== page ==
The other night I was relaxing in the recliner with a copy of the September 2015 issue of Better Homes and Gardens…the “stylemaker” issue… and the June 2015 issue of Southern Living. Every now and then it’s fun to look through such publications to learn about the newest trends, and to check out recipes. I don’t know what it was about that evening, but suddenly some of the copy I saw in the ads started sounding ridiculous.
Honestly, I could not believe some of the advertising crap lathered throughout these publications. Sometimes I laughed out loud. At other times I cringed, thinking, “Who believes this baloney?”
Take, for example, a full page ad from DEVELOPLUS for their ANTI-AGING HAIR Treatment System. It’s a three jar system that “Fights Hair Loss” “Stimulates Growth” “Battles Graying” Adds Vibrance.” Note the use of the word “vibrance, not “vibrancy” the real noun. Oh well, why quibble? “Vibrance is easier to remember because it’s only two syllables.
But “Battles Graying”? How? I thought the remedy to graying hair had something to do with a rinse or a tint or a dye. And “battles” graying. Wow. Such a macho verb. Bet plenty of damsels were persuaded by that definitive phrase and ran right over to Walgreens to make a purchase.
Then there was another full page ad for one of Secret’s products. I say “one of” because years ago (okay, decades) there was Secret deodorant. Maybe it included an antiperspirant also; I don’t remember, but that was it. Now Secret and other brands of personal care products create so many versions of their products, it doubles or triples shopping time. Do I want the lavender scent so I’ll be relaxed all day, or do I want the fresh sport scent so I can feel like a cheerleader? Should I go for paraben free or should I be more concerned about shine enhancement? Better choose a version that goes on clear because I don’t want any telltale white smudges telling the world that I used something under my arms.
But I digress. This product is called Secret Clinical Strength Invisible Solid. Well, what IS it? To find out, one must read the ad. It tells me that my body changes 500+ times a day. “Your deodorant should keep up.” Oh…it’s a deodorant! Who knew? Nothing on the product says “deodorant.” And at the bottom of the page we are reminded that “Body changes can cause odor.” (Oh, jeez…something else we need to obsess about 24/7??) “So keep up with whatever the day throws your way with Secret Clinical Strength’s Adapts&Responds Technology.” Fearlessness. Apply Daily.” Oh, what a relief. This has “adapts&responds technology.” Why not? It’s 2015. We’re all adapting and responding like crazy to every new technological gadget out there. Good thing it’s fearless, because some days I am not.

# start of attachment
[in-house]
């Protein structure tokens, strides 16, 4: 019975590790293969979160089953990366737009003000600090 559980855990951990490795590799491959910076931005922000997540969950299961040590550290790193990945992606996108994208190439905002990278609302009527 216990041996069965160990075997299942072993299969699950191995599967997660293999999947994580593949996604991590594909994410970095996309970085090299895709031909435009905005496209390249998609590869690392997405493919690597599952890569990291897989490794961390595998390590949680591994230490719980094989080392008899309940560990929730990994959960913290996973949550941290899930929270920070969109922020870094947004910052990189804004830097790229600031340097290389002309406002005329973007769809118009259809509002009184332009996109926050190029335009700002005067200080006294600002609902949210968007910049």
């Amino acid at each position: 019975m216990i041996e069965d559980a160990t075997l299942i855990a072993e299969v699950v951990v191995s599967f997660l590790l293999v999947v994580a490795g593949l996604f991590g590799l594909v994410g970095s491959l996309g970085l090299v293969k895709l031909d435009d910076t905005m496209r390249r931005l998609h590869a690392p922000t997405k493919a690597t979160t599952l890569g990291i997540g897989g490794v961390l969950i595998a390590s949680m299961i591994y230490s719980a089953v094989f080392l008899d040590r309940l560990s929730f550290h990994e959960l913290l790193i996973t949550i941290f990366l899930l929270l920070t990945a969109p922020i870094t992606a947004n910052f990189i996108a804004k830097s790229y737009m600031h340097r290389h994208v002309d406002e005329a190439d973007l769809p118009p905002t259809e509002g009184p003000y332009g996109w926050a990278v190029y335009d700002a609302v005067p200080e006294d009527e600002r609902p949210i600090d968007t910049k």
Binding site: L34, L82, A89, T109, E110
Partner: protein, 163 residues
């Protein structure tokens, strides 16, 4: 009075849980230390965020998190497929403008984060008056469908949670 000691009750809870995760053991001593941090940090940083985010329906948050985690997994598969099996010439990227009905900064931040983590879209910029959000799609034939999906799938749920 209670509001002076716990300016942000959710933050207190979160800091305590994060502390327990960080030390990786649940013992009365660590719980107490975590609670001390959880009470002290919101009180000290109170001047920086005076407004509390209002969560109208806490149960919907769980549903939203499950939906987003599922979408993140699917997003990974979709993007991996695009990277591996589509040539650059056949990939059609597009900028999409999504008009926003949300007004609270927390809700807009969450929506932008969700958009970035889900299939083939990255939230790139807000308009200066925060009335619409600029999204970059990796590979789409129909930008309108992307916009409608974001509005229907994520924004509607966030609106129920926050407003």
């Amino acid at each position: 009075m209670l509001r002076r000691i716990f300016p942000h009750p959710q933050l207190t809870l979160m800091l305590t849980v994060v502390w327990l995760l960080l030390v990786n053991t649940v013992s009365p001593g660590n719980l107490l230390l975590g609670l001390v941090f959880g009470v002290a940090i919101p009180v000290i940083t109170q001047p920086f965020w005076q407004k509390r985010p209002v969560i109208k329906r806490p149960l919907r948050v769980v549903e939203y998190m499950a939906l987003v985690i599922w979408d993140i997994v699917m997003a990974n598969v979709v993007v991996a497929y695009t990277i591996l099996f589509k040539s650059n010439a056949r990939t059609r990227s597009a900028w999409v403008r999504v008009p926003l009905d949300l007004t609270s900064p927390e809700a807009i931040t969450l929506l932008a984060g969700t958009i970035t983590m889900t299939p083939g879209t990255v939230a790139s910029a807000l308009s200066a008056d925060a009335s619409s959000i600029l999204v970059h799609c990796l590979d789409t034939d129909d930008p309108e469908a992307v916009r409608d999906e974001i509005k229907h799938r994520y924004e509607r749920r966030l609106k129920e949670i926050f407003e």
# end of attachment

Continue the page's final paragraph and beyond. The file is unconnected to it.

And then there’s mascara, one of my personal stables. A Merle Norman ad in the June 2015 issue of Southern Living introduces a mascara primer. A primer for mascara? You betcha! These days there’s a primer for foundation, for eye shadow, and now for mascara. But what made me roll my eyes was the ad copy: “Like an UNDERWIRE for lashes…mascara primer Lifts and supports for longer, fuller lashes” placed strategically in the cleavage area of a bright pink push up bra. Must we start comparing our lashes to our sagging boobs? C’mon.
Fortunately, one can find less dramatic wordage in ads for most of the other commodities we purchase: furniture, toothpaste, cereal, paint, dog food, cat litter, appliances, wine and other necessities of life. But the lure is out there for those of us feeling less than perfect about our skin and hair. So many personal care products now include vitamins, A to Z, take your pick…oils from any living plant, tree, or bush that can produce an oil…salts, from the sea to the Himalayas, and other minerals…beeswax…plus infused this and purified that. For example:
Sea Mineral Infusion for Hair by Suave Professionals (shampoo, conditioner, and texturizing spray)…oh, it’s an infusion, which has to be tons better than a regular stuff.
Kiehl’s Iris Extract Activating Treatment Essence (applied after cleansers and before serums)…of course… a treatment essence is lighter than a foam, cream or gel, right?
Estee Lauder’s Nutritious Vitality & Radiant Dual-Phase Emulsion…ah, an emulsion now, and a dual-phase one at that. Thank God they didn’t try to pass along the single-phase version to some of us gullible gals.
There you have it: infusion, essence, emulsion. It all sounds so much sexier, doesn’t it? So much richer. So much more worth the splurge. And yes, we’re worth it, remember?